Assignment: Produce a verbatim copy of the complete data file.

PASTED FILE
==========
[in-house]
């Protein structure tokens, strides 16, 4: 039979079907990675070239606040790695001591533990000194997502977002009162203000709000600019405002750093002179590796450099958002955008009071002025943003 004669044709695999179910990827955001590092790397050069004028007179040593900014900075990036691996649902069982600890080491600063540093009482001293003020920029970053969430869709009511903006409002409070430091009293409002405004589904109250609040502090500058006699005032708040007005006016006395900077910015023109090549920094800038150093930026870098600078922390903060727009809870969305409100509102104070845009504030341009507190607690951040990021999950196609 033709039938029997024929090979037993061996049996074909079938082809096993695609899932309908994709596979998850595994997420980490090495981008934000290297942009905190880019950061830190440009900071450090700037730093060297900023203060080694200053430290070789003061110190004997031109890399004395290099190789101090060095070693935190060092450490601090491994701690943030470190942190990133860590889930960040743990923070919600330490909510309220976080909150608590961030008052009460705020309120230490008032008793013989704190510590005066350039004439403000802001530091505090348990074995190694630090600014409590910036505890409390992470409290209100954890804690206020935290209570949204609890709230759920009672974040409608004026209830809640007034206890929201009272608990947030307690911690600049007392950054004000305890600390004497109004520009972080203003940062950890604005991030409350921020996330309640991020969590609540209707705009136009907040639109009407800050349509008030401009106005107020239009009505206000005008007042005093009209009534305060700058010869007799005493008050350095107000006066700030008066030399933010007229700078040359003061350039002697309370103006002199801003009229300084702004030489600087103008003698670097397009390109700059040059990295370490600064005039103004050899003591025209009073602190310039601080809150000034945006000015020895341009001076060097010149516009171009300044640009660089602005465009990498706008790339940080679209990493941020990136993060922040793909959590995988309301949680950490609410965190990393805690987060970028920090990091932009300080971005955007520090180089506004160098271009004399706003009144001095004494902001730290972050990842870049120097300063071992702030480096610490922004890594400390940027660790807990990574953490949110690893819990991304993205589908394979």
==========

[in-house]
């Protein structure tokens, strides 16, 4: 039979079907990675070239606040790695001591533990000194997502977002009162203000709000600019405002750093002179590796450099958002955008009071002025943003 004669044709695999179910990827955001590092790397050069004028007179040593900014900075990036691996649902069982600890080491600063540093009482001293003020920029970053969430869709009511903006409002409070430091009293409002405004589904109250609040502090500058006699005032708040007005006016006395900077910015023109090549920094800038150093930026870098600078922390903060727009809870969305409100509102104070845009504030341009507190607690951040990021999950196609 033709039938029997024929090979037993061996049996074909079938082809096993695609899932309908994709596979998850595994997420980490090495981008934000290297942009905190880019950061830190440009900071450090700037730093060297900023203060080694200053430290070789003061110190004997031109890399004395290099190789101090060095070693935190060092450490601090491994701690943030470190942190990133860590889930960040743990923070919600330490909510309220976080909150608590961030008052009460705020309120230490008032008793013989704190510590005066350039004439403000802001530091505090348990074995190694630090600014409590910036505890409390992470409290209100954890804690206020935290209570949204609890709230759920009672974040409608004026209830809640007034206890929201009272608990947030307690911690600049007392950054004000305890600390004497109004520009972080203003940062950890604005991030409350921020996330309640991020969590609540209707705009136009907040639109009407800050349509008030401009106005107020239009009505206000005008007042005093009209009534305060700058010869007799005493008050350095107000006066700030008066030399933010007229700078040359003061350039002697309370103006002199801003009229300084702004030489600087103008003698670097397009390109700059040059990295370490600064005039103004050899003591025209009073602190310039601080809150000034945006000015020895341009001076060097010149516009171009300044640009660089602005465009990498706008790339940080679209990493941020990136993060922040793909959590995988309301949680950490609410965190990393805690987060970028920090990091932009300080971005955007520090180089506004160098271009004399706003009144001095004494902001730290972050990842870049120097300063071992702030480096610490922004890594400390940027660790807990990574953490949110690893819990991304993205589908394979």